Answered Prayer – A Look Behind the Scenes

By Neil Earle

In his usual charming way, the 20th Century Christian writer C.S. Lewis once penned an essay about having to visit his barber to prepare for a London trip.

As it turned out the London visit cancelled and Lewis decided to postpone the haircut, except...except for the nagging compunction in his brain to “Get it cut! Get it cut! Get it cut all the same.”

Lewis did. He walked into the barber shop and his friend – facing a string of troubles at the time – blurted out, “Oh, I was praying you should come today.” To make it more emphatic – if Lewis had come a day earlier or later he would have been of no use to his barber friend.

Lewis was “awed” by the experience but his agile mind began to work overtime – it might be coincidence, it might be accident, it might be any number of things. Every veteran Christian pray-er can relate to such experiences. This business of prayer is more complex than first appears. How do we know when God is working?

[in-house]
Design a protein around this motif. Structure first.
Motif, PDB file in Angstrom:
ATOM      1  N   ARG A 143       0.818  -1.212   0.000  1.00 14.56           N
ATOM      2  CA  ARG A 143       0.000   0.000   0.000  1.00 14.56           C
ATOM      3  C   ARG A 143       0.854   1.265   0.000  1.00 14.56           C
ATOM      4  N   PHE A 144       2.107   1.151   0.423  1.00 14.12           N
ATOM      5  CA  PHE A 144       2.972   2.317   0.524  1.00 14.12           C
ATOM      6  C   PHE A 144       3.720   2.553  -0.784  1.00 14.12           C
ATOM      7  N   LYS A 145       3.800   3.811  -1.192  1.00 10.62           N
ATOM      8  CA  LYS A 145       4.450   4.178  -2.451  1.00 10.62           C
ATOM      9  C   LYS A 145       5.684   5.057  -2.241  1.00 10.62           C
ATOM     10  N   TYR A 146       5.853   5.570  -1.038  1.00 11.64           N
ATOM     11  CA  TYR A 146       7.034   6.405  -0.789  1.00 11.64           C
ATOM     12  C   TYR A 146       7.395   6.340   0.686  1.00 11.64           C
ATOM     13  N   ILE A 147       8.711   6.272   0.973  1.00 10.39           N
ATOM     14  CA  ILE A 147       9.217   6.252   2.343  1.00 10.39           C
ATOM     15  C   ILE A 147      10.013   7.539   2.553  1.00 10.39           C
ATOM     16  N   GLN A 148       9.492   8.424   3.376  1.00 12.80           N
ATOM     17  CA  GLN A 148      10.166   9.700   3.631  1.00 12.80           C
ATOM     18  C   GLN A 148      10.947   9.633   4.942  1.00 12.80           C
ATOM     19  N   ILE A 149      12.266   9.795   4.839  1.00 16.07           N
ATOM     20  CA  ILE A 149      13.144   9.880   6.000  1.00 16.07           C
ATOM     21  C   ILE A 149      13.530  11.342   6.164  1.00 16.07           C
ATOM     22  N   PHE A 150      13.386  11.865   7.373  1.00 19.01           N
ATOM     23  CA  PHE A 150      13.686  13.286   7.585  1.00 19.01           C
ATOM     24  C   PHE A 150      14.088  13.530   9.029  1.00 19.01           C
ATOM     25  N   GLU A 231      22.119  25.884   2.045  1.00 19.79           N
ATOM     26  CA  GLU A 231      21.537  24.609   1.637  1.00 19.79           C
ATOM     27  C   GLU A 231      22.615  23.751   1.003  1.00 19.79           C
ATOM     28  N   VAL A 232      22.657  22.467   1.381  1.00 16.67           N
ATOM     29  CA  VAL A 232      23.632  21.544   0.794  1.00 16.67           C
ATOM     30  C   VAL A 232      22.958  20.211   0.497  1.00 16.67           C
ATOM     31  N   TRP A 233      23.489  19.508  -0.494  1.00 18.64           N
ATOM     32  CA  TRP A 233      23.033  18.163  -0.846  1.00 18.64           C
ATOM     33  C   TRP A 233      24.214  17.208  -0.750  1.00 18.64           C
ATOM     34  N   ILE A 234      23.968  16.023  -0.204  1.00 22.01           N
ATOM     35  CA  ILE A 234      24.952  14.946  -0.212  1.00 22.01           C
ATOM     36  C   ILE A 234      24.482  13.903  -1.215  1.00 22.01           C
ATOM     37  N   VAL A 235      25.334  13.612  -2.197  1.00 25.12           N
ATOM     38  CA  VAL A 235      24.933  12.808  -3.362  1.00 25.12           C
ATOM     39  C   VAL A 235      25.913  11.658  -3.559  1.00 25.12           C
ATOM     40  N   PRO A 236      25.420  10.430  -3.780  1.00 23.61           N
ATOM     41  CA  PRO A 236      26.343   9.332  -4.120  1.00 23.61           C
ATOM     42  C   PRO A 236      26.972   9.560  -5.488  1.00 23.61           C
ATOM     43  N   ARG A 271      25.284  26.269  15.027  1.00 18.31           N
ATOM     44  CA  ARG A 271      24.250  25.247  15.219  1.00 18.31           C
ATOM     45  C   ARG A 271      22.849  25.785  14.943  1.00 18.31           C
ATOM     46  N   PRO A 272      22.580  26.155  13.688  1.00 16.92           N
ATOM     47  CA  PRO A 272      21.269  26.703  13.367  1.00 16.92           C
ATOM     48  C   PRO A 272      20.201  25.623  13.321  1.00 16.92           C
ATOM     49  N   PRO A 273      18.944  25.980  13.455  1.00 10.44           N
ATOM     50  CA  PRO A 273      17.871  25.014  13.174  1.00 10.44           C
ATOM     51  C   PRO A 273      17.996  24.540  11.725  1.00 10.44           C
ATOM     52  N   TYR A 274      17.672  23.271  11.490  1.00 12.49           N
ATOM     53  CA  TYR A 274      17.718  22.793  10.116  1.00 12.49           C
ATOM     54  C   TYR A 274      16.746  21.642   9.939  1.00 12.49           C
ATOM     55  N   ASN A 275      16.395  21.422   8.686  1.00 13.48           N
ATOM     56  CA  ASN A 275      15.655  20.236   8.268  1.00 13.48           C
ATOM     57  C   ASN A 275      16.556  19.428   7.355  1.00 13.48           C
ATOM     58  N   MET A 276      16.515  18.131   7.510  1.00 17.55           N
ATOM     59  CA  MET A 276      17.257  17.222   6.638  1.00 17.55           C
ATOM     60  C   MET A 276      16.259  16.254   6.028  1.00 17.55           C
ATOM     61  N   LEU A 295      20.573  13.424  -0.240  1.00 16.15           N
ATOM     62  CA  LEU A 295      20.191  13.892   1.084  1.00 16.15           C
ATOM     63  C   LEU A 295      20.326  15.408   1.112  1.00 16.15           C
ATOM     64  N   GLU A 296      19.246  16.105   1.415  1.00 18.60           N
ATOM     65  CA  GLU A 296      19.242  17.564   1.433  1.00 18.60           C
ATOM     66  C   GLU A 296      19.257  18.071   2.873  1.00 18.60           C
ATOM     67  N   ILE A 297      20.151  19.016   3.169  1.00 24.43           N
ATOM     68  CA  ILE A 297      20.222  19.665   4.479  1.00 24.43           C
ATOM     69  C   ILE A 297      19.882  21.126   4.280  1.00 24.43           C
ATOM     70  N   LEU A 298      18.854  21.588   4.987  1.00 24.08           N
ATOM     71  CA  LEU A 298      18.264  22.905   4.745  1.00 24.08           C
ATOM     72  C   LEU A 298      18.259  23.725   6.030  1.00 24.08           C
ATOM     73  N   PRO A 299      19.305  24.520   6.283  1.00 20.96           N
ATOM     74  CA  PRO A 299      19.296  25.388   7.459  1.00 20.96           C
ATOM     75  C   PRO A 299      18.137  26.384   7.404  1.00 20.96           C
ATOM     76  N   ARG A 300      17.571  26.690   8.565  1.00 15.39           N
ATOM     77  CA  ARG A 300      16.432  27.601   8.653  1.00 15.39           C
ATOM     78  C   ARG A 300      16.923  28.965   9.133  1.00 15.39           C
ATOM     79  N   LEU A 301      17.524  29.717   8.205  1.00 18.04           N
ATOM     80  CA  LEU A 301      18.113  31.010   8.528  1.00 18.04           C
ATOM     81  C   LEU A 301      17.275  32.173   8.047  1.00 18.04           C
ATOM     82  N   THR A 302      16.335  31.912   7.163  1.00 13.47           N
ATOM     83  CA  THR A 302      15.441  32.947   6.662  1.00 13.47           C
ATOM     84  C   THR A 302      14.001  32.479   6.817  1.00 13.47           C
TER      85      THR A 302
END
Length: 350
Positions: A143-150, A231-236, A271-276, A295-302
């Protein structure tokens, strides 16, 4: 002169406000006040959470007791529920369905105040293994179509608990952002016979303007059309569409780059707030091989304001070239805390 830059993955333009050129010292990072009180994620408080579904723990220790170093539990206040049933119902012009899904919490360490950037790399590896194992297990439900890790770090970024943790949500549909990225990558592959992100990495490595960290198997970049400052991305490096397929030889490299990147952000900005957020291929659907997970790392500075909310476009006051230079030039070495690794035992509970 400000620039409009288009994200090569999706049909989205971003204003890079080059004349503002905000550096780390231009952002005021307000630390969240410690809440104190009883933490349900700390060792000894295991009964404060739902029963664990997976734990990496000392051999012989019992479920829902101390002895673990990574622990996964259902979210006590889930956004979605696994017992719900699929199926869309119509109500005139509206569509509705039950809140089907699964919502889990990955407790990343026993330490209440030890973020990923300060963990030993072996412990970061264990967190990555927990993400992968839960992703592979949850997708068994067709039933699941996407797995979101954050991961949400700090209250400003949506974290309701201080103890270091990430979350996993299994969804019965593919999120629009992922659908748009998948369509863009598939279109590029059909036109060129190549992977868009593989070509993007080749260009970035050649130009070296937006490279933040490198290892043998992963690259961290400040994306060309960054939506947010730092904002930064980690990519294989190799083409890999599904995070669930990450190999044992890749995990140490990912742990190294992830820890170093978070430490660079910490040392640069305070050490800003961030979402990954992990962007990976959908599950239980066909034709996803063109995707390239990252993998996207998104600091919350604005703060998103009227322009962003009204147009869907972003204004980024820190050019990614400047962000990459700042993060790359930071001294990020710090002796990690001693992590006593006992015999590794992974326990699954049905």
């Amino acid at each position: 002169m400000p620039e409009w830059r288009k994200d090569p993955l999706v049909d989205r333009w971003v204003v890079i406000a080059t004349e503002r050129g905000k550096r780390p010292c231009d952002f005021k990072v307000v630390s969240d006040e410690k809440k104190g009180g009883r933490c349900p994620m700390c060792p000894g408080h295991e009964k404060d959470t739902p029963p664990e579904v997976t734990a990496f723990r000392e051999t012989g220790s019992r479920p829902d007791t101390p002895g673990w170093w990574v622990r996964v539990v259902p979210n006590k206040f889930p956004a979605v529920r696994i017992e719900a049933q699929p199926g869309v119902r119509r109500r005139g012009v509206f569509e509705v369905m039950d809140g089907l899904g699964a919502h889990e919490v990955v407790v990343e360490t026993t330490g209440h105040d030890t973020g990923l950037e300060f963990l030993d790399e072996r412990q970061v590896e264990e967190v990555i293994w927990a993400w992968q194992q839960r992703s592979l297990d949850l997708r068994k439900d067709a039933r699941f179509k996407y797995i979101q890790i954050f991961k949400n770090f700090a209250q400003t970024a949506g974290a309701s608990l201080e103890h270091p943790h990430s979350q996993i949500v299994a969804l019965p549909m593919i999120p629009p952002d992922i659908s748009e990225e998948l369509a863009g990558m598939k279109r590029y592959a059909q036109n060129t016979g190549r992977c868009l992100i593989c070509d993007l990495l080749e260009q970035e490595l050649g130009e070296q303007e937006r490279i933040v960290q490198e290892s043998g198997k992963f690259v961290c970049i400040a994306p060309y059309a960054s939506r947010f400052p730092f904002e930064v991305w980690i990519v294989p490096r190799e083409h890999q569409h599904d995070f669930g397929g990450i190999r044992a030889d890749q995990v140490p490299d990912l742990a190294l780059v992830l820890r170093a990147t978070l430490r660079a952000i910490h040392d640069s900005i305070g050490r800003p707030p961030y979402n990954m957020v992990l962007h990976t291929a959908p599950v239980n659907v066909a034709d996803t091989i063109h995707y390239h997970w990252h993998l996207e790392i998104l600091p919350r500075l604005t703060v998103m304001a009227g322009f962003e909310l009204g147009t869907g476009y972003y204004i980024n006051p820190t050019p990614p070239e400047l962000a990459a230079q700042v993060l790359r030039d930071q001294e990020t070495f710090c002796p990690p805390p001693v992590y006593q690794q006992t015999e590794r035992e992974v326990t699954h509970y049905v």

The Prayer Continuum

In our prayer lives we often seem to find ourselves hovering between 1 John 5:11, “If we ask for anything according to his will, he hears us” and Mark 11:24, “whatever you ask for in prayer, believe that you have received it and it will be yours.”

In the Gospels we see Jesus healing people "according to their faith” and we see him raising dead people who obviously have no faith at all.

This subject is important. It drives straight to the heart of our day-to-day relationship with God. As Lewis wrote, we cannot prove our answers like we can prove Salt = Sodium Chloride.